During my recent first foray into the Asian business environment, specifically an industry exhibition/conference in Singapore, there were several aspects of ‘doing business’ that stood out and contrasted my Australian, western experience. I have visited the region before, but to visit with a business purpose and mindset is very different to a tourist experience, and I’d like to share some of my reflections for those who haven’t yet travelled abroad for business.
As with travel anywhere, I experienced some cultural differences in how people interact with one another on both a personal and professional level, and I might also note here that there isn’t as obvious a distinction between the two as there is in western business culture. From the first meeting, there is an emphasis on the greeting and exchange of business cards, and this gracious display serves to set a tone for any future interactions. Upon later reflection, I realised that the culture and practised etiquette isn’t merely influencing how business is done, it is the way business is done. It carries through from that first point of contact, through meetings and negotiations, and outside of hours.
It is clear there are also significant differences in communication styles, looking beyond language. Conversations with local business people in Asia are less direct and firm than those from a western background, and would take some conscious adjustments to ensure that you are (particularly when asking questions) communicating in a way to elicit the response you require, rather than just an acknowledgement of your query. Yes/no responses are not easily delivered, with “yes” more tending to signify acknowledgement and listening as opposed to an agreement or commitment. A “no” response might be considered almost offensive or subordinate, as there is more consideration of individual’s feelings and thoughts than there would be in a western environment, where there is a more black and white divide between personal and professional spheres.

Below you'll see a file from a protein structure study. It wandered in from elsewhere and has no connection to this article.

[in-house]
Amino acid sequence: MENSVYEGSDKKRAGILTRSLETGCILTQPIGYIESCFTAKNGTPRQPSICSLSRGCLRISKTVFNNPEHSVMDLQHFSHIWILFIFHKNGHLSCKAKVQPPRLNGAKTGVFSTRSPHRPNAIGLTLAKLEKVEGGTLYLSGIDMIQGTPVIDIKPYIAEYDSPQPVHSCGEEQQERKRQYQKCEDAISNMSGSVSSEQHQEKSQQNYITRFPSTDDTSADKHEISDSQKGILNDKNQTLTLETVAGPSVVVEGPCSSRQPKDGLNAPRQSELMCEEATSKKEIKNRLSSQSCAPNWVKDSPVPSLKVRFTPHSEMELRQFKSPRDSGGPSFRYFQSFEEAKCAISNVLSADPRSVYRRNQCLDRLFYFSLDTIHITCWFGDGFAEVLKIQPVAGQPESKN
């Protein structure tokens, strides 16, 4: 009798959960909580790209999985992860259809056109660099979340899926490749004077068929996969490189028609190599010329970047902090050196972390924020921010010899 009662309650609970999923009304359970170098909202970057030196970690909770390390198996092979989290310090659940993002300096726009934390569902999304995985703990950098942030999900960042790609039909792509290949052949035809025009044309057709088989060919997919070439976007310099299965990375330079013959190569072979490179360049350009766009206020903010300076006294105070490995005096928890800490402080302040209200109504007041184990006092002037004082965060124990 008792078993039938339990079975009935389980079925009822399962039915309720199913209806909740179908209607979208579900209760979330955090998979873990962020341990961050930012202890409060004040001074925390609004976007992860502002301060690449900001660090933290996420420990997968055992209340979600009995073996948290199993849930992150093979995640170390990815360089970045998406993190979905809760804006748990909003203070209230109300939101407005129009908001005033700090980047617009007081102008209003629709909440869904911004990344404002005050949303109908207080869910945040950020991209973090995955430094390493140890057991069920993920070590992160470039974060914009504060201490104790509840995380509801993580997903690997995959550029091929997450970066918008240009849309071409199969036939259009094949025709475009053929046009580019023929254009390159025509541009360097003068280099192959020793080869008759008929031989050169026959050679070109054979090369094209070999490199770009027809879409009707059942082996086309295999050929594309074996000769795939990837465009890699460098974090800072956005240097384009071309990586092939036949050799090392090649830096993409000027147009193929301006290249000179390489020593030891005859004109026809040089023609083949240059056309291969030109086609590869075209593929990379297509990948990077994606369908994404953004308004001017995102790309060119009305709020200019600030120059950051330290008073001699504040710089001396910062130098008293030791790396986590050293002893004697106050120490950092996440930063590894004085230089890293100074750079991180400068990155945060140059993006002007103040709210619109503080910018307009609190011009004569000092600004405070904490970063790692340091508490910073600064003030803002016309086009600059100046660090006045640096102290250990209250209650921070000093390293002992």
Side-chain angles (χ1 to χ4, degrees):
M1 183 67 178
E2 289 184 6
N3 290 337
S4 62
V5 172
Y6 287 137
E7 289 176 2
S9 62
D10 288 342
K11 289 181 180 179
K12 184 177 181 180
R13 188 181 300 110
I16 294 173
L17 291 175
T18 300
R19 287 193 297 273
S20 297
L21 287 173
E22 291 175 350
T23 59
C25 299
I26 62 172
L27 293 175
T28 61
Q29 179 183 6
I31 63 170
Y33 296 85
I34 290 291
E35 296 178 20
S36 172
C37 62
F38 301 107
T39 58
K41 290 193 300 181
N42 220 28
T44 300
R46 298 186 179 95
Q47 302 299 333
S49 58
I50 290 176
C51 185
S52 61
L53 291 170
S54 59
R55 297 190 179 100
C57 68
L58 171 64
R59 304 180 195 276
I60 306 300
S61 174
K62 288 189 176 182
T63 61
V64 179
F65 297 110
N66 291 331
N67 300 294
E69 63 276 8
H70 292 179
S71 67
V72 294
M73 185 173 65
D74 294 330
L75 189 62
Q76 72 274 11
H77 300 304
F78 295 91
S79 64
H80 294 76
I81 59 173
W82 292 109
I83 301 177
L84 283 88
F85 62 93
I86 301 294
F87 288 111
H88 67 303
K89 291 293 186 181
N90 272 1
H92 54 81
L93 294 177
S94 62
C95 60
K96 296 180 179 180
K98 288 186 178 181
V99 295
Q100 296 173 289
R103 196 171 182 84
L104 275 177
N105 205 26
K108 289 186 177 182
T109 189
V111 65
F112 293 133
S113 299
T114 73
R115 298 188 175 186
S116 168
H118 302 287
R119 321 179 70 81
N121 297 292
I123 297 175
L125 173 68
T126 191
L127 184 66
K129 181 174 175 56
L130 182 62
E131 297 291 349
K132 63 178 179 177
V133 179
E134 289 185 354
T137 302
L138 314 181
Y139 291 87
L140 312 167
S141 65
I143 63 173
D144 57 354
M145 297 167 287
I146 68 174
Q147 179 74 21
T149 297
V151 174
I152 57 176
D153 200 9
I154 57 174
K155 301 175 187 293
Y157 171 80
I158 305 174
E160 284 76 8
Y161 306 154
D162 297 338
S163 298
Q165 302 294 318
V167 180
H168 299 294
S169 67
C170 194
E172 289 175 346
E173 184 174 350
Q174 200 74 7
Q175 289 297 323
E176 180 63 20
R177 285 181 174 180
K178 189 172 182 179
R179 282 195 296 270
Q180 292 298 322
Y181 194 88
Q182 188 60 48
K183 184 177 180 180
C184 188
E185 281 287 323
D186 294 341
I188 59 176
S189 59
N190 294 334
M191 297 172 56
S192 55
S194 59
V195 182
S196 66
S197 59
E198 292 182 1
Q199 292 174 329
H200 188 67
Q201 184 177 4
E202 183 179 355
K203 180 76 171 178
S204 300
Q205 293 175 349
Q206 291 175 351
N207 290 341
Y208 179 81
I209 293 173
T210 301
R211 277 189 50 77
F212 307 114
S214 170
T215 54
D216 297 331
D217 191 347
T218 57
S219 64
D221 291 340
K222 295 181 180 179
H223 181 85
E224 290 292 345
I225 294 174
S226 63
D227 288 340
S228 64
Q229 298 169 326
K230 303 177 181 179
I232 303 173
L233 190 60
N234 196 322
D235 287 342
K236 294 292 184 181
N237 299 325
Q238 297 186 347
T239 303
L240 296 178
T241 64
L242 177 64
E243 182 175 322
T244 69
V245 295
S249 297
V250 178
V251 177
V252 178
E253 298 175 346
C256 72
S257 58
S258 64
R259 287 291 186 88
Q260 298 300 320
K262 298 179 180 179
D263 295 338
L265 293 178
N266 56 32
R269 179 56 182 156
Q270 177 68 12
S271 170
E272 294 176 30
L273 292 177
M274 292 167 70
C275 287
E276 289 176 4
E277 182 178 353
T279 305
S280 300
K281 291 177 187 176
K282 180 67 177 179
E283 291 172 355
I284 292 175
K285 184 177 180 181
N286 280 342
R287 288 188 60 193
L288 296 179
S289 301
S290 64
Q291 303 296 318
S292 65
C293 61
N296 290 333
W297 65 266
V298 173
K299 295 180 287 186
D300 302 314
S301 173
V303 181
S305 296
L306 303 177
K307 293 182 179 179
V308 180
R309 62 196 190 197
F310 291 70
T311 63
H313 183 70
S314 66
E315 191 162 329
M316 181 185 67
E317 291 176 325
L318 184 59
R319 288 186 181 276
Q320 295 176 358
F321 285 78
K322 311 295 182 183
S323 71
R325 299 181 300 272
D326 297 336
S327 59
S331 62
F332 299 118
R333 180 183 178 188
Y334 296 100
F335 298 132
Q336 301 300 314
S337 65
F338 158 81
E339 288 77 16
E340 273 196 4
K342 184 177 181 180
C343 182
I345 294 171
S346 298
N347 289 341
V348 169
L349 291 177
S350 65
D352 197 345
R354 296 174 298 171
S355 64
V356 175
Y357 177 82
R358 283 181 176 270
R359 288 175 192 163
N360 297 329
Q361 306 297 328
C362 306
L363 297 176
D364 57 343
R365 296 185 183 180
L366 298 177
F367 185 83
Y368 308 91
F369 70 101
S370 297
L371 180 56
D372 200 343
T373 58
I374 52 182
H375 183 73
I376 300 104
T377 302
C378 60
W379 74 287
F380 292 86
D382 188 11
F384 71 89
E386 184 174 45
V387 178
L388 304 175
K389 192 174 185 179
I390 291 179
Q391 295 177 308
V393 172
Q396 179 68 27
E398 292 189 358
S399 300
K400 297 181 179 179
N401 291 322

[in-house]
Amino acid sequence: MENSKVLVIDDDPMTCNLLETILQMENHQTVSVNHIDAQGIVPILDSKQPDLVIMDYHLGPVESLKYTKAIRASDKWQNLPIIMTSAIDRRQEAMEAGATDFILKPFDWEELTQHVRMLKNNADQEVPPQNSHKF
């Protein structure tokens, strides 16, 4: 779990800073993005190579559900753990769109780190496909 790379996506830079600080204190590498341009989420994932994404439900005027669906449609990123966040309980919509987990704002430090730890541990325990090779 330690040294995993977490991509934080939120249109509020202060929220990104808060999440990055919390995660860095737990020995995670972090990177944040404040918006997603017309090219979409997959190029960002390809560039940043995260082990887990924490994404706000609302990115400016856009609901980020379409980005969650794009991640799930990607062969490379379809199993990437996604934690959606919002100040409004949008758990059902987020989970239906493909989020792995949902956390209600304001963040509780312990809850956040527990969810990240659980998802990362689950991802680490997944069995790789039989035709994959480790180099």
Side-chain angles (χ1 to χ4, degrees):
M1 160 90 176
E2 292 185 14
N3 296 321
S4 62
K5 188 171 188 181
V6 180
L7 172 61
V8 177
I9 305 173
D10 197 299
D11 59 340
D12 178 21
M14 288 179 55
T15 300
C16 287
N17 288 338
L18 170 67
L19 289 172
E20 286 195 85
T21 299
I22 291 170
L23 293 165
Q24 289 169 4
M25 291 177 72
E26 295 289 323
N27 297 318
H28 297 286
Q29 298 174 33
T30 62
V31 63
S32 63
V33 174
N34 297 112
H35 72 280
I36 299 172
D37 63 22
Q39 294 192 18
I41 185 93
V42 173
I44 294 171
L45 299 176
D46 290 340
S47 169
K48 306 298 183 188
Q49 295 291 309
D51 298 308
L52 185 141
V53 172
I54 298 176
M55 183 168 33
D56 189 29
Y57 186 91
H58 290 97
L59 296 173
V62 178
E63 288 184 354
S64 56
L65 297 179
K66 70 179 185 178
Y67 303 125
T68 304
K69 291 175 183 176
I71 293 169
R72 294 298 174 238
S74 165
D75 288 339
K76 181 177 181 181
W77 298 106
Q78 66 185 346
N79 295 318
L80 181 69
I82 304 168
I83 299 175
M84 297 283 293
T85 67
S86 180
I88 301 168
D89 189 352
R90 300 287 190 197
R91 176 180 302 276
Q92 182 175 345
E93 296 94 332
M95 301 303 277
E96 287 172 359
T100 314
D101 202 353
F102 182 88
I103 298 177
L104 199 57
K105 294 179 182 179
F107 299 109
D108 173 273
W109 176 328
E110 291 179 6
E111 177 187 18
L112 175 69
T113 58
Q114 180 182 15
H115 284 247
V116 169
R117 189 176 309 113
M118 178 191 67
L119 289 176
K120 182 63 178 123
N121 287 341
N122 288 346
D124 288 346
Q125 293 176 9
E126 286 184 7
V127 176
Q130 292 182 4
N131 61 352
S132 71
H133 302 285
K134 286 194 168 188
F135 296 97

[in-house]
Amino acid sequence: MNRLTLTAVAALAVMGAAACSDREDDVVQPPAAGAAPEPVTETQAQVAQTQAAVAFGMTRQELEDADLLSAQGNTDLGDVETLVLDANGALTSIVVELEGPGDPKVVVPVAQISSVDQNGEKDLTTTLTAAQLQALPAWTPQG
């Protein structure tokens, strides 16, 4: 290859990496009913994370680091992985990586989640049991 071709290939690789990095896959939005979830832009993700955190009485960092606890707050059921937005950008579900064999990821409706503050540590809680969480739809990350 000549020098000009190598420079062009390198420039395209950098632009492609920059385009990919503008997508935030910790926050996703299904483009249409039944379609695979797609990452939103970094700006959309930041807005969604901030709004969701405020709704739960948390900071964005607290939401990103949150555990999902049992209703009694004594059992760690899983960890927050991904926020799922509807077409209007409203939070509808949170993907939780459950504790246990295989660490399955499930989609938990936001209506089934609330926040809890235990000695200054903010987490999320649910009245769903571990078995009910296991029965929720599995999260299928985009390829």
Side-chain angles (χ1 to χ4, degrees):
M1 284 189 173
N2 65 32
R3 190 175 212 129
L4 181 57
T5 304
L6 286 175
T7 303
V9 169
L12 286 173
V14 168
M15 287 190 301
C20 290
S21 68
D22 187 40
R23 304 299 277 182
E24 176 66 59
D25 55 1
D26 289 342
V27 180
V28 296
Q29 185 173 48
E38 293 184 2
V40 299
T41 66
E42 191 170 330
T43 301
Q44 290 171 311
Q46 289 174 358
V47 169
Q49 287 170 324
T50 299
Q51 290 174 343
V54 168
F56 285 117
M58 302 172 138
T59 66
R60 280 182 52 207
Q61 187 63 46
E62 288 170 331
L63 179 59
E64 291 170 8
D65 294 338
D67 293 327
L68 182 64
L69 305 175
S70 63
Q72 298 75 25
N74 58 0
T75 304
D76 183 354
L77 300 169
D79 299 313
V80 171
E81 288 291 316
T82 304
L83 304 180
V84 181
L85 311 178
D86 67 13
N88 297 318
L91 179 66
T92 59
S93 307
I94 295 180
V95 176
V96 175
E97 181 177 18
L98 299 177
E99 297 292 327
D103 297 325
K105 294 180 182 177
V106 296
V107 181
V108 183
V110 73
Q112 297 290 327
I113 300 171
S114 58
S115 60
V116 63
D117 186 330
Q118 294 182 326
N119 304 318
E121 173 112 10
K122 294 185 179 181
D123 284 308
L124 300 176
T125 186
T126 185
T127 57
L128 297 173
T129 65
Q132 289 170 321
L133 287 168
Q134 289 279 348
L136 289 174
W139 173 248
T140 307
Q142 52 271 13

The blending of personal and professional also extends beyond the formal working day, to the seemingly demanding after-hours work of networking – either entertaining or being entertained most nights a week. There was very much a sense of ‘it’s who you know, not just what you know’ prevailing in discussions, which on a practical level equates to frequently going out and engaging with colleagues, acquaintances and others in the industry. It is easy to imagine western expatriates becoming burned-out quickly with these sorts of demands on their (what would have been considered personal) time. That said, there’s no question that connections formed and fostered in casual settings could certainly be of benefit in both the short-term and long-term either for personal growth and mobility, but also to stay up to date with who is working where and which companies are working on what sort of projects, and so on.
Of course there are several more aspects to doing business in Asia that differ from the western experience, but the one overriding similarity is the dedication to success and achievement. While the concept of ‘hard work’ might present differently between Australia and Asia, the end goal is a common one, and being aware of subtle differences and challenges that can influence interactions will help to calm the waters and keep everyone content.
For anyone seeking to grow their business and expand into the Asian market, preparation and market readiness is key to your success, and understanding the cultural nuances and practices of the local environment from the outset will position you strongly.
Our team at Alchemise Consulting can assist you and your company with your new market entry and expansion into the Asian market, from initial feasibility discoveries to creating and sustaining a productive local presence. We can also offer you more detailed guidance regarding the unique cultural practices and etiquette where it differs to the Australian business environment.
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